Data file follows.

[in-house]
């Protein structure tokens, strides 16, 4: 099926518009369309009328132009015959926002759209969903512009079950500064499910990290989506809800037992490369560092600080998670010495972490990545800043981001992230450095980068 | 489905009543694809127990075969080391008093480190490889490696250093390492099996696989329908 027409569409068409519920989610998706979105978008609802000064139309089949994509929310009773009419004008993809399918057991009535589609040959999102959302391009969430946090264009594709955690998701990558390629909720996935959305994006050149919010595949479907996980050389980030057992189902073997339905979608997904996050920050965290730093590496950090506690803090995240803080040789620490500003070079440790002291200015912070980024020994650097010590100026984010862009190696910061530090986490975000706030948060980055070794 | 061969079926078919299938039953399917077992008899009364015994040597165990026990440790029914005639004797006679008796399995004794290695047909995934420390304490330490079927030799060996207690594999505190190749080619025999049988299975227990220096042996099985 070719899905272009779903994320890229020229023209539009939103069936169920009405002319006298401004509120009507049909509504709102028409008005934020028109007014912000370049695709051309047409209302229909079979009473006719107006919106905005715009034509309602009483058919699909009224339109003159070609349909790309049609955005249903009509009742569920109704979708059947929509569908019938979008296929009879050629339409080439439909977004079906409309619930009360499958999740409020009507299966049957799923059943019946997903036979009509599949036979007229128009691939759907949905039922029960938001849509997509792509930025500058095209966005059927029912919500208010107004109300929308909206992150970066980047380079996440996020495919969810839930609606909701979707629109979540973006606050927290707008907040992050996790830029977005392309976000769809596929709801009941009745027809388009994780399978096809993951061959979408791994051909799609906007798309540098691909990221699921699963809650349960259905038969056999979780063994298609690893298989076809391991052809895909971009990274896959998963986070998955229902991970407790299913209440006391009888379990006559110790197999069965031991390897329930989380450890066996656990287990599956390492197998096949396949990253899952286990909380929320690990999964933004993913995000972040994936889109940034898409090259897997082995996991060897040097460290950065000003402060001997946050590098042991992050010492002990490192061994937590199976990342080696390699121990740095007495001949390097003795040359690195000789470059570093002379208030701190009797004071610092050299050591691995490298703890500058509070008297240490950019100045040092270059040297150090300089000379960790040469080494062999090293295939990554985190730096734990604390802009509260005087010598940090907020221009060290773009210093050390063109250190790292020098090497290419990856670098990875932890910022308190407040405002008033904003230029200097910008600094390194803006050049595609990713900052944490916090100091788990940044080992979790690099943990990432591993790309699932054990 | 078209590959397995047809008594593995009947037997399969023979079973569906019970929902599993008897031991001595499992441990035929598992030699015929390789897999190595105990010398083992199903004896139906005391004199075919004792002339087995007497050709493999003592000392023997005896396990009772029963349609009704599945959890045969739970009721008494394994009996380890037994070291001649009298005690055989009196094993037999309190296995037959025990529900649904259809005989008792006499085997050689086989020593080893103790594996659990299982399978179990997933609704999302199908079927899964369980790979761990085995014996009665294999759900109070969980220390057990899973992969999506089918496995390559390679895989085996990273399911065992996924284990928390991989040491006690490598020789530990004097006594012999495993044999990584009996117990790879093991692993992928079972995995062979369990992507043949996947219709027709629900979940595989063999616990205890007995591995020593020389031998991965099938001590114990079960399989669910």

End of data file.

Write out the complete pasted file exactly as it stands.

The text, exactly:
[in-house]
């Protein structure tokens, strides 16, 4: 099926518009369309009328132009015959926002759209969903512009079950500064499910990290989506809800037992490369560092600080998670010495972490990545800043981001992230450095980068 | 489905009543694809127990075969080391008093480190490889490696250093390492099996696989329908 027409569409068409519920989610998706979105978008609802000064139309089949994509929310009773009419004008993809399918057991009535589609040959999102959302391009969430946090264009594709955690998701990558390629909720996935959305994006050149919010595949479907996980050389980030057992189902073997339905979608997904996050920050965290730093590496950090506690803090995240803080040789620490500003070079440790002291200015912070980024020994650097010590100026984010862009190696910061530090986490975000706030948060980055070794 | 061969079926078919299938039953399917077992008899009364015994040597165990026990440790029914005639004797006679008796399995004794290695047909995934420390304490330490079927030799060996207690594999505190190749080619025999049988299975227990220096042996099985 070719899905272009779903994320890229020229023209539009939103069936169920009405002319006298401004509120009507049909509504709102028409008005934020028109007014912000370049695709051309047409209302229909079979009473006719107006919106905005715009034509309602009483058919699909009224339109003159070609349909790309049609955005249903009509009742569920109704979708059947929509569908019938979008296929009879050629339409080439439909977004079906409309619930009360499958999740409020009507299966049957799923059943019946997903036979009509599949036979007229128009691939759907949905039922029960938001849509997509792509930025500058095209966005059927029912919500208010107004109300929308909206992150970066980047380079996440996020495919969810839930609606909701979707629109979540973006606050927290707008907040992050996790830029977005392309976000769809596929709801009941009745027809388009994780399978096809993951061959979408791994051909799609906007798309540098691909990221699921699963809650349960259905038969056999979780063994298609690893298989076809391991052809895909971009990274896959998963986070998955229902991970407790299913209440006391009888379990006559110790197999069965031991390897329930989380450890066996656990287990599956390492197998096949396949990253899952286990909380929320690990999964933004993913995000972040994936889109940034898409090259897997082995996991060897040097460290950065000003402060001997946050590098042991992050010492002990490192061994937590199976990342080696390699121990740095007495001949390097003795040359690195000789470059570093002379208030701190009797004071610092050299050591691995490298703890500058509070008297240490950019100045040092270059040297150090300089000379960790040469080494062999090293295939990554985190730096734990604390802009509260005087010598940090907020221009060290773009210093050390063109250190790292020098090497290419990856670098990875932890910022308190407040405002008033904003230029200097910008600094390194803006050049595609990713900052944490916090100091788990940044080992979790690099943990990432591993790309699932054990 | 078209590959397995047809008594593995009947037997399969023979079973569906019970929902599993008897031991001595499992441990035929598992030699015929390789897999190595105990010398083992199903004896139906005391004199075919004792002339087995007497050709493999003592000392023997005896396990009772029963349609009704599945959890045969739970009721008494394994009996380890037994070291001649009298005690055989009196094993037999309190296995037959025990529900649904259809005989008792006499085997050689086989020593080893103790594996659990299982399978179990997933609704999302199908079927899964369980790979761990085995014996009665294999759900109070969980220390057990899973992969999506089918496995390559390679895989085996990273399911065992996924284990928390991989040491006690490598020789530990004097006594012999495993044999990584009996117990790879093991692993992928079972995995062979369990992507043949996947219709027709629900979940595989063999616990205890007995591995020593020389031998991965099938001590114990079960399989669910």